Living with the Suicide Disease

Living with the Suicide Disease

The night that changed everything

August 10th, 2017 was an ordinary summer day. It was close to 11pm when I started getting ready for bed. As I did every night, I brushed my teeth, washed my face, and massaged lotions and potions into my skin. I felt tired but otherwise fine. My hubby wasn’t yet home when I slipped between the cool bedsheets.

Within minutes of tucking myself in, I was thunderstruck by a pain like no other on the left side of my face.

I could only feel myself think for a split second. 

Was something wrong with my teeth? 

Was this some new cruel iteration of my migraines?

But this pain went beyond any of that. I reached for my migraine medication  — high-dose, prescription Naproxen — and took one, praying this pain would dissolve, then curled up into fetal position and sobbed.

When my hubby finally came to bed, I turned to him and cried, “It hurts so much and I don’t know what to do.

So I did the only thing I could: I called my parents. My father is a doctor and my mother is a nurse, so this was exactly one of those moments when I was grateful to live in the same building. My mother knew something was wrong the moment she saw my late call and promised she’d be over in a few minutes. The doorbell rang not long after and I saw that she’d woken my father: there they stood, both in their pajamas, concern wrinkling their foreheads.

I told my father what was happening and he gently examined my mouth and face. Then he said to my mom, “She’s describing trigeminal neuralgia.”

I had no idea what that was.

Not much could be done. My father said I could take an extra-strength Tylenol to see if in conjunction with the Naproxen I found some relief. Maybe it would work; most likely not.

In any case, I had to see my doctor ASAP.

Trigeminal neuralgia: the suicide disease

Trigeminal neuralgia (TN) is a rare chronic facial nerve pain condition that affects the trigeminal nerve. That’s the largest cranio-facial nerve network and it’s responsible for facial sensations, as well as motor functions like chewing and biting.

TN is considered the world’s worst pain. Approximately 150,000 peopleare diagnosed with it every year, most of whom are women. It has been dubbed the “suicide disease” since its pain intensity provokes a high level of suicidal ideation and patients have killed themselves for relief.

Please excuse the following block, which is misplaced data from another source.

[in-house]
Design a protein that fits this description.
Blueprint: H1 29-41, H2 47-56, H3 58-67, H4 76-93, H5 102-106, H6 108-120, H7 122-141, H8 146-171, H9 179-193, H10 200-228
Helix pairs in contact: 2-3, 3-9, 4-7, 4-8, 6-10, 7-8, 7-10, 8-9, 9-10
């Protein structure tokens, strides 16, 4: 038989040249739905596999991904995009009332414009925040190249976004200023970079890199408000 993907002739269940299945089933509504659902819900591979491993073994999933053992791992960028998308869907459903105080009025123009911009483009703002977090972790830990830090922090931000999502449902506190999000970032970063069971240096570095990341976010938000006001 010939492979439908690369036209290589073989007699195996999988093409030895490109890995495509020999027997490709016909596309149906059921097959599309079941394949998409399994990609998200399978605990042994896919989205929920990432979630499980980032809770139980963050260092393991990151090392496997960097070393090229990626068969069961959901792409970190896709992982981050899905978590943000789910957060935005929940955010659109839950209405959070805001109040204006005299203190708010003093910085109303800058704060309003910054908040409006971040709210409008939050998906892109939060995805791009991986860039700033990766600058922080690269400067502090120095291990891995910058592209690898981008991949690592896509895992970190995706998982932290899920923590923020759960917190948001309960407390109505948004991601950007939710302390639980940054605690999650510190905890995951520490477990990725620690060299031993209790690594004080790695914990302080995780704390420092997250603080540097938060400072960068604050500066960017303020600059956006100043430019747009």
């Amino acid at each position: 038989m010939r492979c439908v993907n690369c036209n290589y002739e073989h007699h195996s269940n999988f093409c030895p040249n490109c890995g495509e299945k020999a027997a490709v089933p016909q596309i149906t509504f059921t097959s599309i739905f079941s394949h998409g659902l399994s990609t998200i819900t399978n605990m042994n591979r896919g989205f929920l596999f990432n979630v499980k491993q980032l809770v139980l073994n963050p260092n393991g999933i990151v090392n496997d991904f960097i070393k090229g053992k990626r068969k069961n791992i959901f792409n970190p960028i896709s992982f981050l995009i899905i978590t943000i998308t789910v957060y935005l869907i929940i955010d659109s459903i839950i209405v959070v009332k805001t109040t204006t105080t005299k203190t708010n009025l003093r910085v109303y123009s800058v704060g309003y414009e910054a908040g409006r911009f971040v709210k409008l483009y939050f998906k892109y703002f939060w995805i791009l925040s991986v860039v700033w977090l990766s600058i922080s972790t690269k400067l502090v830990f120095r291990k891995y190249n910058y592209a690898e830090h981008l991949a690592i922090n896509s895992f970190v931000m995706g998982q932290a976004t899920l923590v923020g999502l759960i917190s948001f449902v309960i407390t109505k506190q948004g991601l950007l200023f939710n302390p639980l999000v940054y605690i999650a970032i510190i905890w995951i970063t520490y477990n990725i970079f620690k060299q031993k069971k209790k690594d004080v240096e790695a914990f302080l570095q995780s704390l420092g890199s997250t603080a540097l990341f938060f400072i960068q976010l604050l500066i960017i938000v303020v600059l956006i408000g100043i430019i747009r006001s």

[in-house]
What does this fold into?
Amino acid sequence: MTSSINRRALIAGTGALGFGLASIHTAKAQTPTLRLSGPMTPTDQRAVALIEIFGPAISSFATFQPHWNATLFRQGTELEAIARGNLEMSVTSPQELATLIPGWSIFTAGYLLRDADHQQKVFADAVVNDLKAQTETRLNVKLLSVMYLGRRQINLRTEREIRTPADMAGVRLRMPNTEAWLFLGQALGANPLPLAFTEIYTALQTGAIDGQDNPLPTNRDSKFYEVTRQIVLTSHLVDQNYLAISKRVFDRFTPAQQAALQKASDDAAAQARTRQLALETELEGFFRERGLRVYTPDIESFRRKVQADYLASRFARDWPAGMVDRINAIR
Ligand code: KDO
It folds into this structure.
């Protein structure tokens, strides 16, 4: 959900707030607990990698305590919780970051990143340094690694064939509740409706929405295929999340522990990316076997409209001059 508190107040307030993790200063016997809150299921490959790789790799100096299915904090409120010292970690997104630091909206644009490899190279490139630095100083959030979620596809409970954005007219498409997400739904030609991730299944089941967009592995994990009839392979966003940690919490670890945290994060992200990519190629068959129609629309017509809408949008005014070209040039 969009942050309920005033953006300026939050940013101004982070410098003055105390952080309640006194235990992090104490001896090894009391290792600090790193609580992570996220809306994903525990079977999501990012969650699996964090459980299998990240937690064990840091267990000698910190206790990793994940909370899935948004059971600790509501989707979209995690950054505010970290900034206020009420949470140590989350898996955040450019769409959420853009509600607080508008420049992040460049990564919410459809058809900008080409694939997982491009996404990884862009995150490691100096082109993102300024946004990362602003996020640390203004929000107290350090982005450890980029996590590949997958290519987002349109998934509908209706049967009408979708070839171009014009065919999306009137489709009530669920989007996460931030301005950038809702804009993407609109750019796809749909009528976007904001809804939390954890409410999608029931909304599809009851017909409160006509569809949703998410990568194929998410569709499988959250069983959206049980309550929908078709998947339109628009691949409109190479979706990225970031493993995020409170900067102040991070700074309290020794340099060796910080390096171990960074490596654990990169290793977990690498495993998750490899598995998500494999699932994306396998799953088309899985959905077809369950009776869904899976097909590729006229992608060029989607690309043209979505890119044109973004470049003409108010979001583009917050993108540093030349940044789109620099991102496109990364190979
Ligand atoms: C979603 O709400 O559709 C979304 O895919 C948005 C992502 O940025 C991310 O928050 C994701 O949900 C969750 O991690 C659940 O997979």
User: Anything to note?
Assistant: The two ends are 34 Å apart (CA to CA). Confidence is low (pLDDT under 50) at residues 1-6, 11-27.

There are two types of TN: typical and atypical. Typical TN is characterized by shocking pain attacks. Atypical not only has the pain attacks, but also a constant, acute pain. There are medications to treat both types, but those medications are meant to treat other conditions, like epilepsy. Aside from neurosurgery with very varied results, there is no direct intervention for TN.

In either TN case, there is no cure.

No one knows why TN happens, but general consensus is that it’s caused by an artery compressing the trigeminal nerve, thereby wearing down its myelin coating and causing the electrical, shocking pain. The problem though is that not everybody who has this type of compression develops TN.

Confirmed diagnosis

I didn’t sleep at all that night. The pain was relentless. I felt sucker-punched over and over again: this pain had brought me to my knees in a way that my tyrannical migraines never had. In the morning, after a few phone calls, I was able to get an emergency appointment with my doctor.

When I described my symptoms to her, she looked concerned, but wondered if the pain would subside over the weekend. It was now Friday and the thought of suffering through these attacks without relief terrified me. 

After her examination — during which she asked if I’d had any recent dental work and probed my face — I told her my father’s conclusion, that my symptoms point to TN. She agreed. She wrote a prescription for carbamazepine, one of the stronger, frontline drugs to treat TN, and suggested we see how I do over the weekend.

The next steps would be to consult my neurologist and have an MRI.

The pain persisted over the weekend: I felt both a constant, acute ache and frequent pain shock attacks that scored an eight or nine on a scale from one to 10.

And to add insult to injury, the side effects of the carbamazepine were making me very sick. When I finally saw my neurologist days later, she agreed with my father’s and doctor’s assessments and ordered an MRI, which confirmed that there is indeed an artery compressing my trigeminal nerve.

I was formally diagnosed with atypical TN.

Two weeks